My experience hunting with a 50 cal pellet rifle

Believe it or not, there is a 50 caliber pellet rifle out on the market today, and that is the Sam Yang Dragon Claw. Not too long ago, I decided to pick up one of these because I wanted to see how powerful they were and if they could be used for hunting. The nice thing about pellet rifles is there are not nearly as many strict laws involved in the purchase on them, and because of that they’re much easier to get your hands on and use. Initially I started to use this gun as just a way to get some additional cheap shooting practice in (pellets are ridiculously cheap) and to work on my overall accuracy. While it’s true that it doesn’t fully simulate the power and recoil of a true 50 caliber gun, it still was successful at what I wanted it to do.

pellet hunting
So I went out on a hunting trip and we were hunting some larger animals in the feral hog size and these we will usually hunt with a normal hunting rifle, but I wanted to see what this pellet gun was capable of and if it could be considered one of the best available air rifles on the market. We had finally setup up an ideal spot in a tree to allow us perfect vision out into the forest and I had charged the gun up to the full 3000 PSI maximum pressure (one of the downfalls of pellet guns is the need to pre-pump them). I hadn’t installed a scope on the gun yet because I wasn’t completely sure I was going to be using the gun for the long hall and I didn’t want to put a huge investment into it until I was sure. So I was using the sights that were already installed on the gun.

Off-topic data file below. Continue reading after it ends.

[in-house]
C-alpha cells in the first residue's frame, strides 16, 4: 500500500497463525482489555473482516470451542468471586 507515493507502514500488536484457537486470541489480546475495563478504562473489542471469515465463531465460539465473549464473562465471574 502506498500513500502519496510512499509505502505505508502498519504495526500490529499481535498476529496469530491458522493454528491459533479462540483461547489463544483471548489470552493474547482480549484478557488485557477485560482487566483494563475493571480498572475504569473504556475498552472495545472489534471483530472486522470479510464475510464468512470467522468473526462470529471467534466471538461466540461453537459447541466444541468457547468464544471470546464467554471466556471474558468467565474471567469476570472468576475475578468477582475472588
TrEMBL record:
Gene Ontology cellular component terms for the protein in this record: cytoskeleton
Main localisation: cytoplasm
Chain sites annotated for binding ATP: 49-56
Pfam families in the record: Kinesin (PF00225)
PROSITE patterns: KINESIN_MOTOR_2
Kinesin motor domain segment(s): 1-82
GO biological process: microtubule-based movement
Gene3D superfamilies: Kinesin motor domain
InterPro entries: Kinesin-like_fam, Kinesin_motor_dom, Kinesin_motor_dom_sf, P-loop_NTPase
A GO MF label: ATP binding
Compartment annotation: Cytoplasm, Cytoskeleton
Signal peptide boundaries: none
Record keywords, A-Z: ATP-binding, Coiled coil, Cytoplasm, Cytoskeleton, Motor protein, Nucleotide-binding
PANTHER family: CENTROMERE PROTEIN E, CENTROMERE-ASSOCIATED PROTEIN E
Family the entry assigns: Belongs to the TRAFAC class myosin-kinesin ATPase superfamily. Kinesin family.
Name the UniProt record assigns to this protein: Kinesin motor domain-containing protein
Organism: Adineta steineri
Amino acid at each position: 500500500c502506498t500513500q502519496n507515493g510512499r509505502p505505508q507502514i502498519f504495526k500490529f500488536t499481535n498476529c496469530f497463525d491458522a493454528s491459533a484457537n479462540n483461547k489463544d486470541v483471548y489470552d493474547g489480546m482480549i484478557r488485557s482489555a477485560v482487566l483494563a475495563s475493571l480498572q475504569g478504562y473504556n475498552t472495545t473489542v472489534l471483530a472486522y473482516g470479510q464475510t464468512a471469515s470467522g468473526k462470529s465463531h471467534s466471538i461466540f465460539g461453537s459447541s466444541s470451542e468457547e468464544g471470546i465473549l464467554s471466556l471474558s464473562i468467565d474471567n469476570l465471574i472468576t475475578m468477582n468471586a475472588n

About 35 minutes after I had situated myself in the treestand, I caught site of my first target, and lined it up in my sights. I was using some hollow point pellets as they appear to be the best as far as pellet gun hunting was concerned. I finally got the hog to where I felt I could pull off a shot, and I squeezed the two-stage trigger. I was actually fairly surprised to see the animal fall to the ground with one shot. I guess the 230 ft/lbs muzzle energy and the top velocity of 679 FPS were more than enough to easily and humanely dispatch the hog.

Now, it’s important to fully understand this isn’t a typical 50 caliber rifle as those are some of the most powerful guns you can legally own, but these pellet guns use 50 caliber pellet and that’s really just the size of the pellet the gun shoots. But, that doesn’t mean this isn’t a powerful gun. Being able to take down a large feral hog with a single shot is definitely something to not shake your head at. Also, since it’s obviously a very powerful pellet gun, you want to treat it with the respect it deserved and treat it like a real fire arm as far as securing the rifle goes.

So overall my experience shooting a 50 cal pellet rifle was a very positive experience and I would suggest to other that it’s worth it to have this in your collection. You will be able to practice shoot with very cheap ammo and you won’t have to deal with the very strict gun laws that are placed on regular handguns.